• If a child has a temperature, they are kept cool, by removing top clothing and sponging their heads with cool water but kept away from draughts.
  • The child’s temperature is taken using a forehead thermometer strip, kept in the first aid box.
  • In extreme cases of emergency, an ambulance is called, and the parent informed.
  • Parents are asked to take their child to the doctor before returning them to the setting; we can refuse admittance to children who have a temperature, sickness and diarrhoea or a contagious infection or disease.
  • Where children have been prescribed antibiotics for an infectious illness or complaint, we ask parents to keep them at home for 48 hours before returning to the setting.
  • After diarrhoea and sickness, we ask parents keep children home for 48 hours following the last episode.
  • Some activities, such as sand and water play, and self-serve snacks where there is a risk of cross-contamination may be suspended for the duration of any outbreak.
  • We a list of excludable diseases and current exclusion times. The full list is obtainable from
    https://www.gov.uk/government/publications/health-protection-in-schools-and-other-childcare-facilities and includes common childhood illnesses such as measles.
Reporting of ‘notifiable diseases’
  • If a child or adult is diagnosed as suffering from a notifiable disease under the Health Protection (Notification) Regulations 2010, the GP will report this to Public Health England.
  • When we become aware, or are formally informed of the notifiable disease, our manager informs Ofsted and contacts Public Health England, and acts on any advice given.
HIV/AIDS/Hepatitis procedure

HIV virus, like other viruses such as Hepatitis A, B and C, are spread through body fluids. Hygiene precautions for dealing with body fluids are the same for all children and adults. We:

  • Wear single-use vinyl gloves and aprons when changing children’s nappies, pants and clothing that are soiled with blood, urine, faeces, or vomit.
  • Bag soiled clothing for parents to take home for cleaning.
  • Clear spills of blood, urine, faeces, or vomit using mild disinfectant solution and mops; any cloths used are disposed of with the clinical waste.
  • Clean any tables and other furniture, furnishings or toys affected by blood, urine, faeces, or vomit using a disinfectant.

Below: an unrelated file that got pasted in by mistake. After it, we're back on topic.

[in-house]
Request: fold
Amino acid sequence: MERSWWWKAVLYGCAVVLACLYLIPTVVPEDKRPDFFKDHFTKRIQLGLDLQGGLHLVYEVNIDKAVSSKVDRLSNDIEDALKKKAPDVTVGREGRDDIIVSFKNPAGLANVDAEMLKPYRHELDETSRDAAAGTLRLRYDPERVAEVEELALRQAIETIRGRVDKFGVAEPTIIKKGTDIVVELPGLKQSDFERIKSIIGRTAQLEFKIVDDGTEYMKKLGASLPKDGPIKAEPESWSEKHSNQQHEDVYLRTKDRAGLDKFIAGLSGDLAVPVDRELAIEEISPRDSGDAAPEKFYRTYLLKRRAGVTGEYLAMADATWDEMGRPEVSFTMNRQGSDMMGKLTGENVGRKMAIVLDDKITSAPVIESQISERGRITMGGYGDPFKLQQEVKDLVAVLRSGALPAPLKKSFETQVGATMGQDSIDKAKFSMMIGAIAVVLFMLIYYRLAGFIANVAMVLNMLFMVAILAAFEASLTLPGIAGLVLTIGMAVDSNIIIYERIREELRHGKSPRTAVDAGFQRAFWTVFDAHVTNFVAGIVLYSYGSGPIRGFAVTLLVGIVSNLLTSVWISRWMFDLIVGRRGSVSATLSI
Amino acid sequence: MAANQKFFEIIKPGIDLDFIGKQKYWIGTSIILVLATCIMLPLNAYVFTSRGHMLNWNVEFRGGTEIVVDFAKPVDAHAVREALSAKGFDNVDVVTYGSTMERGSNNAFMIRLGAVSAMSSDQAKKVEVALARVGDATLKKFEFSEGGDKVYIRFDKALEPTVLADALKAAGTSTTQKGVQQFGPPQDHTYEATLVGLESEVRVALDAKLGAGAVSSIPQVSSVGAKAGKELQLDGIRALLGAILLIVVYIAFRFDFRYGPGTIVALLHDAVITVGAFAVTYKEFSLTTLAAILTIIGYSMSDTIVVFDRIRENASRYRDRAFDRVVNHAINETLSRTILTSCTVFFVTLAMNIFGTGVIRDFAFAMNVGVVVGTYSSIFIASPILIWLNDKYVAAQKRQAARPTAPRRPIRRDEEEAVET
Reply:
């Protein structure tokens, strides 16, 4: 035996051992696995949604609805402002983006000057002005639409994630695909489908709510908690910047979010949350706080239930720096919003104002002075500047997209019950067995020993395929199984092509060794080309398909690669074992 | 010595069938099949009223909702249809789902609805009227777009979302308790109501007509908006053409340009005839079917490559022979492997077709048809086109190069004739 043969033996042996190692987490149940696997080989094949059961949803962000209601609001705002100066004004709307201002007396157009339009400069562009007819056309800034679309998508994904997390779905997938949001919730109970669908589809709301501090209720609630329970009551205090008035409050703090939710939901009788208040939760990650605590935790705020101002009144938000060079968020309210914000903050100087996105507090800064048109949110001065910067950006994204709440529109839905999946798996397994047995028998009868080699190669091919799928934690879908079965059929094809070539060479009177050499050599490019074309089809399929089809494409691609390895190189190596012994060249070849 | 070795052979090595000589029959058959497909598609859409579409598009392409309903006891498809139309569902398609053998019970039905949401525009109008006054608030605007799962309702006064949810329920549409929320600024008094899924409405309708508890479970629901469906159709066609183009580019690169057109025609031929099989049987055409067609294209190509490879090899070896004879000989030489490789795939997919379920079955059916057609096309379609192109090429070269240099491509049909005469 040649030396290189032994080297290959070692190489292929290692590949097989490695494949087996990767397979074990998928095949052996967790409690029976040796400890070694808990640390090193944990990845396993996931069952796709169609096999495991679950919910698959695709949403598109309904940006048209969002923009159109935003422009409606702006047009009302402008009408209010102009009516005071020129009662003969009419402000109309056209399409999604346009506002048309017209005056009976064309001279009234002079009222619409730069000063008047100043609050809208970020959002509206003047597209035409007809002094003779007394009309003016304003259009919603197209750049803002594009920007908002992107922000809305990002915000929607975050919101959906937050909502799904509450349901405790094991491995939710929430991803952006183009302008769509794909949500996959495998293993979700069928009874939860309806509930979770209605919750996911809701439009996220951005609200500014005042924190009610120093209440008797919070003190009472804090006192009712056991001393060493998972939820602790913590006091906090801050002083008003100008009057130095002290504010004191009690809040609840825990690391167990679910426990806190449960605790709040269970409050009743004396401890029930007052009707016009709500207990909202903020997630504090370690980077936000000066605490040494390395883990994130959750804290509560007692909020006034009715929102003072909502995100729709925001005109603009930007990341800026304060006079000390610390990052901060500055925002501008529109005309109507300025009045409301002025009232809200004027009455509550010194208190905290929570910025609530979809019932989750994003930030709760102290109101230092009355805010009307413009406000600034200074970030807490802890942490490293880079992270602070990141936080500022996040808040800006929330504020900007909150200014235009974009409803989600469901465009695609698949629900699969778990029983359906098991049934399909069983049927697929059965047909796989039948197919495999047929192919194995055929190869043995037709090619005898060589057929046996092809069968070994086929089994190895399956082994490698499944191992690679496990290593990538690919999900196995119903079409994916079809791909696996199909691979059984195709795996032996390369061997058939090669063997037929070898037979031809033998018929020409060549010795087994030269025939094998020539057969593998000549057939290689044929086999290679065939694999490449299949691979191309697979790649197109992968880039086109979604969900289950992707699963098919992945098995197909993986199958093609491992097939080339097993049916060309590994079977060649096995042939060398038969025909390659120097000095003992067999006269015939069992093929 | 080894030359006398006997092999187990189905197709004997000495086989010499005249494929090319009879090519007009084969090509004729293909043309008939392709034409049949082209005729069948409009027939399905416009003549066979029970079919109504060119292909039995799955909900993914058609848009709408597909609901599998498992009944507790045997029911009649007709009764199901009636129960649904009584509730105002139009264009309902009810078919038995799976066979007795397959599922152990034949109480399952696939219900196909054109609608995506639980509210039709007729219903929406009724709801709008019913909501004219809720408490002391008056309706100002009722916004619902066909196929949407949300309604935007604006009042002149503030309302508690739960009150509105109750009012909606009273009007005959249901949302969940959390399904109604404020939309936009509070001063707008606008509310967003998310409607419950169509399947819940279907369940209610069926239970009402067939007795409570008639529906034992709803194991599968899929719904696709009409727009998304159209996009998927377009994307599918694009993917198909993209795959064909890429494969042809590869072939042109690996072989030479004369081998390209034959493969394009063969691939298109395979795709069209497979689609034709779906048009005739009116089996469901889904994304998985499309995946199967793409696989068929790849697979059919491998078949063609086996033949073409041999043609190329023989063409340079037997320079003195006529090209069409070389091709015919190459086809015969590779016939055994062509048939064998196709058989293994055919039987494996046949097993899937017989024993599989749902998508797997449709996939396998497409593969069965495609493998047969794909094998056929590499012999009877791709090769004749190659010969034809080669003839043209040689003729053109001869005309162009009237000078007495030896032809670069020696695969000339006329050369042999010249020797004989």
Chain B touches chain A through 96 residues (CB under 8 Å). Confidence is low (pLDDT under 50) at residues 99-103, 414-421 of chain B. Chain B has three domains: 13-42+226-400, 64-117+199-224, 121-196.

• Ensure that children do not share tooth brushes, which are also soaked weekly in sterilising solution.
Nits and head lice
  • Nits and head lice are not an excludable condition; although in exceptional cases we may ask a parent to keep the child away until the infestation has cleared.
  • On identifying cases of head lice, we inform all parents ask them to treat their child and all the family if they are found to have head lice.
Procedures for children with allergies
  • When children start at the setting, we ask their parents if their child suffers from any known allergies. This is recorded on the Registration Form.
  • If a child has an allergy, we complete a risk assessment form to detail the following:
    – The allergen (i.e. the substance, material or living creature the child is allergic to such as nuts, eggs, bee stings, cats etc).
    – The nature of the allergic reactions (e.g. anaphylactic shock reaction, including rash, reddening of skin, swelling, breathing problems etc).
    – What to do in case of allergic reactions, any medication used and how it is to be used (e.g. Epipen).
    – Control measures – such as how the child can be prevented from contact with the allergen.
    – Review measures.
  • This risk assessment form is kept in the child’s personal file and a copy is displayed where our staff can see it.
  • Generally, no nuts or nut products are used within the setting.
  • Parents are made aware so that no nut or nut products are accidentally brought in, for example to a party.
    Insurance requirements for children with allergies and disabilities
  • If necessary, our insurance will include children with any disability or allergy, but certain procedures must be strictly adhered to as set out below. For children suffering life threatening conditions or requiring invasive treatments; written confirmation from our insurance provider must be obtained to extend the insurance.
  • At all times we ensure that the administration of medication is compliant with the Safeguarding and Welfare Requirements of the Early Years Foundation Stage.
  • Oral medication:
    – Asthma inhalers are now regarded as ‘oral medication’ by insurers and so documents do not need to be forwarded to our insurance provider. Oral medications must be prescribed by a GP or have manufacturer’s instructions clearly written on them.
    – We must be provided with clear written instructions on how to administer such medication.
    – We adhere to all risk assessment procedures for the correct storage and administration of the medication.
    – We must have the parents or guardians’ prior written consent. This consent must be kept on file. It is not necessary to forward copy documents to our insurance provider.
  • Life-saving medication and invasive treatments:
    These include adrenaline injections (EpiPen’s) for anaphylactic shock reactions (caused by allergies to nuts, eggs etc) or invasive treatments such as rectal administration of Diazepam (for epilepsy).                              We must have:
    – a letter from the child’s GP/consultant stating the child’s condition and what medication if any is to be administered.
    – written consent from the parent or guardian allowing our staff to administer medication; and